WRAP-UP PANEL
Dr. Cynthia Cox, Dr. Jason Lovvorn, Dr. Gary McDowell, Department of English; Dr. Melanie Walton, Department of Philosophy; Dr. Regine Schwarzmeier and Dr. Mitch McCoy, Department of Foreign Languages; Belmont University
Beaman A & B, 10-10:50 a.m. {AL}

English Faculty Publish in Service-Learning Journal

Serve InDEEDIn the most recent issue of Serve InDEED: Tennessee Journal of Service-Learning and Civic Engagement, three members of the English faculty published work connected to their service-learning practices in the classroom.  In a piece entitled “This Isn’t Your Mother’s English Class: Using Service-Learning Experiences to Improve Writing in the Composition Classroom,” Dr. Jason Lovvorn, Dr. Linda Holt, and Dr. Charmion Gustke unpack an interactive workshop they conducted at the 2013 Tennessee Conference on Volunteerism and Service-Learning, held in Franklin, Tennessee.   In the workshop, they shared ideas about the impact of service-learning in their writing classes, and they guided participants through a simulation and two writing exercises that showcased connections between service encounters, empathy, learning, and writing.  The article details this workshop experience and analyzes response data from workshop participants in terms of  social justice, experiential knowledge, and authentic writing.

In the same issue, Dr. Lovvorn published an article entitled, “‘Knowing the Why’: Personal Writing and Its Value in the Service-Learning Classroom.”  In it, he argues for the merits of personal, expressive writing because it encourages service-learning students to “synthesize intimate experience and more abstract academic knowledge. ”  Using examples of student work from past service-learning classes, he shows how students can use personal writing to make important intellectual connections at the same time they produce engaging written work.

Belmont English Graduate Student Profile

JKMeet one of the newest members of the English Graduate program, Jenifer Kirila, who began graduate studies at Belmont in January, 2013:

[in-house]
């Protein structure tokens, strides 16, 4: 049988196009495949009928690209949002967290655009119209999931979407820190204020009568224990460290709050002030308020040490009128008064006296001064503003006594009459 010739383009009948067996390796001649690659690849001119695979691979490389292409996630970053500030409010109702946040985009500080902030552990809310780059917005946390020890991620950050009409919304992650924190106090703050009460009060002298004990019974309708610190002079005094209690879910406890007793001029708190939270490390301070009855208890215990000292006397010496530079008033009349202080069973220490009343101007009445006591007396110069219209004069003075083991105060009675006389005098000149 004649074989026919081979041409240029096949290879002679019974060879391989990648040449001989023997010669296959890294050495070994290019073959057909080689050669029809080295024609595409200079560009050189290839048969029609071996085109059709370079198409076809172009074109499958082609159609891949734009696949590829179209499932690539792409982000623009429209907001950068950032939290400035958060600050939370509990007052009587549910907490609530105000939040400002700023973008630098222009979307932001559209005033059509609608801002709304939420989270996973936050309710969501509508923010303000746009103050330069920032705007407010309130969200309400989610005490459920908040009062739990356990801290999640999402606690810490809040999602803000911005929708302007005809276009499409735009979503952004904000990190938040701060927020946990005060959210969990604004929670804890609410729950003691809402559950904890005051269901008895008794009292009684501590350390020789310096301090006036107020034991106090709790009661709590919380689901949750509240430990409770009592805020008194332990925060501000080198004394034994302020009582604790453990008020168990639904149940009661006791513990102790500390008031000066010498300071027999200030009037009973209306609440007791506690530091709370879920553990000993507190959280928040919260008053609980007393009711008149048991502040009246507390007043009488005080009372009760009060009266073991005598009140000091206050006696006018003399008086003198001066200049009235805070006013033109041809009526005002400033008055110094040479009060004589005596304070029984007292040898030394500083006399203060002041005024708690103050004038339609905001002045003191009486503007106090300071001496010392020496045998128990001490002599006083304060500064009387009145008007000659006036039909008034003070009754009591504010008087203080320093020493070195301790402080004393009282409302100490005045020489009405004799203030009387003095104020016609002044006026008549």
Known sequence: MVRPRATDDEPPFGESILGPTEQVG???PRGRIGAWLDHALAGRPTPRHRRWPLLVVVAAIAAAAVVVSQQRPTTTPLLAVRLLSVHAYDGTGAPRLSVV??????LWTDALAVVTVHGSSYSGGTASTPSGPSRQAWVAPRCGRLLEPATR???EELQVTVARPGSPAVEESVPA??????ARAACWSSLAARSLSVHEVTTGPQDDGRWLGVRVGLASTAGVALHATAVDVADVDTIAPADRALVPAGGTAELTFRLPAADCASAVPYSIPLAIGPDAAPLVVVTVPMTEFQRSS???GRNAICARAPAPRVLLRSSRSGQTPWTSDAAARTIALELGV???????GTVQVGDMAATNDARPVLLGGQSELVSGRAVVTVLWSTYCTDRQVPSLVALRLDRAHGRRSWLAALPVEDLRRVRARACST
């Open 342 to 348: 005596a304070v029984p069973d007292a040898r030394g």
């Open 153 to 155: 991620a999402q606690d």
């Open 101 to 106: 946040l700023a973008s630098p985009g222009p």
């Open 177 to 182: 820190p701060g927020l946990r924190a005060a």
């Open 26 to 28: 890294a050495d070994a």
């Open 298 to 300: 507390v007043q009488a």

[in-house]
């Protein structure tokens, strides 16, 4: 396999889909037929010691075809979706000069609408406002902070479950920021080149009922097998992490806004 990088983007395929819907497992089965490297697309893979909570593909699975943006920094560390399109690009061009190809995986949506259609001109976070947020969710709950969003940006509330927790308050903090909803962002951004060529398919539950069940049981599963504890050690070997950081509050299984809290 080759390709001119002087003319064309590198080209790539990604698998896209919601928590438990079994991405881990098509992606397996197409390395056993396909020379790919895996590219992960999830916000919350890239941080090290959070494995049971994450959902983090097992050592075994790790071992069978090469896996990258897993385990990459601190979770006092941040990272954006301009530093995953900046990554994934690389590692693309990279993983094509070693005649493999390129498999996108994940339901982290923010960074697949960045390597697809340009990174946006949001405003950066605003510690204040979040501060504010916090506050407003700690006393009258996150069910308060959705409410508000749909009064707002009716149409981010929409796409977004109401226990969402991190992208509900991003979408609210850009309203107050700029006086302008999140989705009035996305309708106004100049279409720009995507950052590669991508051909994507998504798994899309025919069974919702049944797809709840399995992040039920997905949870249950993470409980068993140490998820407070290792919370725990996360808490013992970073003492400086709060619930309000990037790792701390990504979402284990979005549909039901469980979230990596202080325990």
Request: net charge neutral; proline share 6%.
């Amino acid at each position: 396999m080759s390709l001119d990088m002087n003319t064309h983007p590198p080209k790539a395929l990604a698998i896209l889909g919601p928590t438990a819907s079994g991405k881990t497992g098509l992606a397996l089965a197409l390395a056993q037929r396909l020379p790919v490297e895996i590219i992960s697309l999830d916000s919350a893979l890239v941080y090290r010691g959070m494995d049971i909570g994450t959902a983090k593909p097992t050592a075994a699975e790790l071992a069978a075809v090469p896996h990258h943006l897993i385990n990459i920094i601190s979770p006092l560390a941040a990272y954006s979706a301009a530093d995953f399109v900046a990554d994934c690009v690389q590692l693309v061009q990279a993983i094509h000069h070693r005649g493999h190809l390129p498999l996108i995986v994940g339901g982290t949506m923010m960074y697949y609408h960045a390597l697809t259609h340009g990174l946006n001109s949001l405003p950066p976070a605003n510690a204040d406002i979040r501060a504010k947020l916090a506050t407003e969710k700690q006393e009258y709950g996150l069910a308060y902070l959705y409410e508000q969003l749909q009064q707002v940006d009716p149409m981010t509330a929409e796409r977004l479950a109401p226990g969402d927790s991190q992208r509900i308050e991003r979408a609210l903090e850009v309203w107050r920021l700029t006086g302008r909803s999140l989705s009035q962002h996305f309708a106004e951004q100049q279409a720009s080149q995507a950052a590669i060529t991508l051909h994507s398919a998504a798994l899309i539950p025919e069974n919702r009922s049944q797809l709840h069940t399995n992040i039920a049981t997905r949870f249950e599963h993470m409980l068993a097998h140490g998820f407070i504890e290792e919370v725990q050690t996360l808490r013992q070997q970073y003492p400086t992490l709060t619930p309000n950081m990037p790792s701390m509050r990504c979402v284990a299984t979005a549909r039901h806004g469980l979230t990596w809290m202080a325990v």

Jennifer graduated from the University of Cincinnati in 2012 with an undergraduate degree in psychology. She is on the writing track in the program and enjoys writing fiction. Her favorite authors are Ernest Hemingway, Jane Austen, Emily Dickinson, and Orson Scott Card.  Currently, she works as a freelance writer but hopes to become a fiction writer one day.

When asked why she decided to pursue her M.A. in English at Belmont, Jennifer responded, “I chose Belmont because I really liked the school. I want to get a M.A. for career advancement.” Regarding the most notable thing about the program so far, Jennifer stated, “I like how students are given freedom to express their own creativity and experiment with fiction.”

– profile by Misty Wellman

Creative Writing Club to Host First Meeting of Year

With the new semester begins a new series of meetings for Belmont’s Creative Writing Club, now in its third year. Dr. Gary McDowell, the faculty mentor/sponsor of the club, and English major Erin Turberville, the club’s president, would like to invite students to this year’s first meeting.  It will take place on Wednesday, August 28th at 11:00-11:50 a.m. in the Dean’s Conference Room, Wheeler 101D.

This fall, the club will be meeting every Wednesday morning in Wheeler 101D.  Last semester, the club focused solely on generating new work using prompts.  This year, efforts will again involve generating material, but the club is branching out to concentrate efforts, talks, and workshops on the student-writer.

If you enjoy creative writing, you should stop by and meet other writers who share your passion!

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Belmont English Graduates Three at Summer Commencement

MeganGraduationOn Friday, August 9, three students received degrees through the English Department during Belmont’s graduation exercises.  Megan Steele from Ashland City earned her Bachelor’s degree in English, and at right, Megan is shown receiving her diploma from President Fisher during the commencement ceremony.

Also receiving degrees were Allison Belt of Murfreesboro and Courtney Fedou of Nashville—each earning  her Master’s degree in English. During graduation week, Allison and Courtney participated in two other events celebrating their achievements.

In the Leu Art Gallery on Thursday, August 8, each M.A. graduate read from her work during a Master’s in English celebration hosted by Dr. Annette Sisson, the Director of Graduate English Studies.  Allison delivered a portion of her thesis entitled “Thought, Word, and Deed: A Study in Connection,” and Courtney read from her critical analysis of Shakespeare’s Henry V entitled “But If It Be a Sin to Covet Honour, I Am the Most Offending Soul Alive.”

On Friday, August 9, prior to graduation, Allison and Courtney also participated in the Master’s Hooding Ceremony for the College of Arts and Sciences.  Left to right in the photos below are the graduates and their advisors at this event:  (first photo) Allison Belt  with  Dr. Annette Sisson, and (second photo) Dr. Maggie Monteverde with Courtney Fedou.

Congratulations to these graduates!

Allison&Annette     Courtney&Maggie.JPG